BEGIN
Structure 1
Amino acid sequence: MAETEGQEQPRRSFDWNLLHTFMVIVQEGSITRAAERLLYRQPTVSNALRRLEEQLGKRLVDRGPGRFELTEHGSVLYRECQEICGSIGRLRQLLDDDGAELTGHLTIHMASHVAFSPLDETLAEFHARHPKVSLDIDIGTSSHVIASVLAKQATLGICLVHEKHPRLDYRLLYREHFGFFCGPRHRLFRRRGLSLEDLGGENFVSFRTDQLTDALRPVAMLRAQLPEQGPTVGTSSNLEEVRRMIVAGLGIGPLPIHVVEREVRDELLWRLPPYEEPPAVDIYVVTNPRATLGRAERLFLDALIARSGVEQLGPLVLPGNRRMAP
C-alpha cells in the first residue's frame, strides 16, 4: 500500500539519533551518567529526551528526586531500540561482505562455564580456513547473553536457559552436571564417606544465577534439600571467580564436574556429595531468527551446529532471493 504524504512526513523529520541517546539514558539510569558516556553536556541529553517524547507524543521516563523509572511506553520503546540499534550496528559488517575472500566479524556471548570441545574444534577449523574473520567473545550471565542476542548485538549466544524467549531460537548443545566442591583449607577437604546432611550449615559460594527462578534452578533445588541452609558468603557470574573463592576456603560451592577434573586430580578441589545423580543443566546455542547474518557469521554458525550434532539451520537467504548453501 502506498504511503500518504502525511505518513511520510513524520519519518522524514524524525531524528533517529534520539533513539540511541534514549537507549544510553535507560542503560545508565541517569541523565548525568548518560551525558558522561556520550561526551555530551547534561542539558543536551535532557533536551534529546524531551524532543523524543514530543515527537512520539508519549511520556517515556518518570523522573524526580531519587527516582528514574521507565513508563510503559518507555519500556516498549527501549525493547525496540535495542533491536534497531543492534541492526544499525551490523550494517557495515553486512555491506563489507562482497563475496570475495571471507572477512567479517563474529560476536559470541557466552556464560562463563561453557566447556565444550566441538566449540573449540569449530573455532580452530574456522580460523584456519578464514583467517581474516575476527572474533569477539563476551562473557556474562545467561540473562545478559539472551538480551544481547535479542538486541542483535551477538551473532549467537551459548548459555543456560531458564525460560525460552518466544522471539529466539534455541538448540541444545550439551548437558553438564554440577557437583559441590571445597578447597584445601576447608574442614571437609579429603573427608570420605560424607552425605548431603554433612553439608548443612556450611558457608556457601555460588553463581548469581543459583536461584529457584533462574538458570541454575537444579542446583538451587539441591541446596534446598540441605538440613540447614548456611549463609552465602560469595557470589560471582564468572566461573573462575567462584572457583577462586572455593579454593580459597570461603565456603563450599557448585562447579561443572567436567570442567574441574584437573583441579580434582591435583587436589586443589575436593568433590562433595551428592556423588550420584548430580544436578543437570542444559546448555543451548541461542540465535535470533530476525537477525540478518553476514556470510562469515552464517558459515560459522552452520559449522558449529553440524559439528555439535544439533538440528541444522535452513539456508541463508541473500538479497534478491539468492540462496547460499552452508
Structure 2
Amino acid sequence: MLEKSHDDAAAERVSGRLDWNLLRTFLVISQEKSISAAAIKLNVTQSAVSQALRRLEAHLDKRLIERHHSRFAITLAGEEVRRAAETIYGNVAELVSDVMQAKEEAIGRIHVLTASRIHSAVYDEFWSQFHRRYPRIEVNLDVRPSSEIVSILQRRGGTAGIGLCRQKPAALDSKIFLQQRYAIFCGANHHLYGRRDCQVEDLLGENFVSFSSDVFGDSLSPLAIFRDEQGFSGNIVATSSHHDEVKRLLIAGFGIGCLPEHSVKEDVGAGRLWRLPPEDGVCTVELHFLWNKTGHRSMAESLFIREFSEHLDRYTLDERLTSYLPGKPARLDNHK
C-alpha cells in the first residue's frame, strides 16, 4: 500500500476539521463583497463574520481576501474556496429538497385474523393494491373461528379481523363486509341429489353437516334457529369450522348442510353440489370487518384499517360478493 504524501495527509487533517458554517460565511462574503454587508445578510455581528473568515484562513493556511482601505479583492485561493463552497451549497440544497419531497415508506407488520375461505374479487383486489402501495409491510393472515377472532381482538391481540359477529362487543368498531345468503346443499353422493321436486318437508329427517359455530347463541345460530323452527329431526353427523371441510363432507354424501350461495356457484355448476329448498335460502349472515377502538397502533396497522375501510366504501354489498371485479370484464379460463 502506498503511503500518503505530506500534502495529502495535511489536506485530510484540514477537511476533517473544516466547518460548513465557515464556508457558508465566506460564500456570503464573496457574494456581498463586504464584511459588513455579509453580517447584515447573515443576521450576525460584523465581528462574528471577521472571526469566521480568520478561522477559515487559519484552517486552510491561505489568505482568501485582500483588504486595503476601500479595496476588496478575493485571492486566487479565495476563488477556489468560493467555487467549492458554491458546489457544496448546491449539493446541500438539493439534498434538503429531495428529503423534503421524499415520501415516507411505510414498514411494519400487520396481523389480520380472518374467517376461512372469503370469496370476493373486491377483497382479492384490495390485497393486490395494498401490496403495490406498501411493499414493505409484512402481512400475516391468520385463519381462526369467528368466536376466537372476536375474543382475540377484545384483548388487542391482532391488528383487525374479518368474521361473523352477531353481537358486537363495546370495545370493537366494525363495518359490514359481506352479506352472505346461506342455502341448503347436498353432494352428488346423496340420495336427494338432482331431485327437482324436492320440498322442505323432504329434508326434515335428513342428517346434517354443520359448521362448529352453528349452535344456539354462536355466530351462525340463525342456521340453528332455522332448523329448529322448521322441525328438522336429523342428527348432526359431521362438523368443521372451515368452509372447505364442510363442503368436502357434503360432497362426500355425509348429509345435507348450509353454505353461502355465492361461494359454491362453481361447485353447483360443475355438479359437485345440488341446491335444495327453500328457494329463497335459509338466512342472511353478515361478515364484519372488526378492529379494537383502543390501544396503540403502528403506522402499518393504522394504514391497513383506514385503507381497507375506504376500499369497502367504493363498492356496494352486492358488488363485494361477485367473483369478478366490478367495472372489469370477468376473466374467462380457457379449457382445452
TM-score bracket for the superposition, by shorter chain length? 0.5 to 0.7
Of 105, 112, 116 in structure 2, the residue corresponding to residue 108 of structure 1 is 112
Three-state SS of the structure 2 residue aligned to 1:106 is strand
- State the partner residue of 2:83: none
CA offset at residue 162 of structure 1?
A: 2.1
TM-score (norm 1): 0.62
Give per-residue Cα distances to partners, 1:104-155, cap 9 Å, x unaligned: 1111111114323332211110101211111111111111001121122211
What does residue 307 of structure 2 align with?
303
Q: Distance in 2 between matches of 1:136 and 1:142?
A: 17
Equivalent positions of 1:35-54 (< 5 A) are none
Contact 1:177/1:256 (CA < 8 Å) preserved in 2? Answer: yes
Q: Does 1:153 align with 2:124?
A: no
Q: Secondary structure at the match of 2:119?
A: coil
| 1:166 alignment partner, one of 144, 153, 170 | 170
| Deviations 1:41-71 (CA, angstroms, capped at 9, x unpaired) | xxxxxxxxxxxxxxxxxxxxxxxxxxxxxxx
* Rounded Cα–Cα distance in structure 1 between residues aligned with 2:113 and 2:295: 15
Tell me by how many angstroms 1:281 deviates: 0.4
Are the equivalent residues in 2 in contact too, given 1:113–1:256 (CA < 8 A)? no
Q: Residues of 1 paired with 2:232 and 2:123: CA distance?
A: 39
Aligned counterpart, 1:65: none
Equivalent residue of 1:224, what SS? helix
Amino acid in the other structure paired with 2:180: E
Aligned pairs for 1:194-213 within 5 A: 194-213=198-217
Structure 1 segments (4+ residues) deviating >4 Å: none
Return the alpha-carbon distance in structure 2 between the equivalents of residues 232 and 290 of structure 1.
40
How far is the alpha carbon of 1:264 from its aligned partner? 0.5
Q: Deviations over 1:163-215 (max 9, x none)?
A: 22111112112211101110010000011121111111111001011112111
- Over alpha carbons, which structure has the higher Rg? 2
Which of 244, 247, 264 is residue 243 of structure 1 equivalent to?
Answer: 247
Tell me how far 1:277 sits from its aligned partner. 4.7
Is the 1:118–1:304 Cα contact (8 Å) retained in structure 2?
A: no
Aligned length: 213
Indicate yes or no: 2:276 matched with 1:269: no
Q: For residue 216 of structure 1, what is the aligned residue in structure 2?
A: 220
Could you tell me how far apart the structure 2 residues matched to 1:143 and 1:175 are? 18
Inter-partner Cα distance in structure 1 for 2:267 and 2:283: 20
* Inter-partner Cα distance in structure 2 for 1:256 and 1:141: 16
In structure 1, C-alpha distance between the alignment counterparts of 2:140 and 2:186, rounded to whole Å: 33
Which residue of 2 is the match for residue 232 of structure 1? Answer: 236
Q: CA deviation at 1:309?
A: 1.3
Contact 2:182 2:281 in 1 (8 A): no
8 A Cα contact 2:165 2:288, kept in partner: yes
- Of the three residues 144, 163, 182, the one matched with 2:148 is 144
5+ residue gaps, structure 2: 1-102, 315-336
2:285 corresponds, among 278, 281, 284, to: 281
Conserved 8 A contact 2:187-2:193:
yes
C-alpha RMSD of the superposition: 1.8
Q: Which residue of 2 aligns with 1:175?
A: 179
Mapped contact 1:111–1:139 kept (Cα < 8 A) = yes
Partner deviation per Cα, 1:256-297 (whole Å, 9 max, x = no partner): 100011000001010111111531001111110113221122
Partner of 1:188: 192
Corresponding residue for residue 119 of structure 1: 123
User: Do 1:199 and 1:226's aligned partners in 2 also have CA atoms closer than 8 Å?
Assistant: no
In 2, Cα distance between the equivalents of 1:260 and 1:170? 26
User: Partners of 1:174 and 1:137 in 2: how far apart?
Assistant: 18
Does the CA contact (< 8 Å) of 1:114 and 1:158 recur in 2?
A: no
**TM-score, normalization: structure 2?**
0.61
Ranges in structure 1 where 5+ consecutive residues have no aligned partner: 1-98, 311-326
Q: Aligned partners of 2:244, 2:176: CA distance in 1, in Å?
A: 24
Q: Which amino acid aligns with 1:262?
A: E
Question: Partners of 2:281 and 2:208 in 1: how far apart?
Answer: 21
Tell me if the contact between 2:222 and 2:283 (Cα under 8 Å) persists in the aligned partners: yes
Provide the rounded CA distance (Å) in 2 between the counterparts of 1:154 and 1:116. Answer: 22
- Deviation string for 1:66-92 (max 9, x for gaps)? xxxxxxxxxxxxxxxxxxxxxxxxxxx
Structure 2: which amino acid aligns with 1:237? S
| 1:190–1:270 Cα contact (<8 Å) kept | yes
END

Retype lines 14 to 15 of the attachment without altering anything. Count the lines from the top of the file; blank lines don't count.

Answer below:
Give per-residue Cα distances to partners, 1:104-155, cap 9 Å, x unaligned: 1111111114323332211110101211111111111111001121122211
What does residue 307 of structure 2 align with?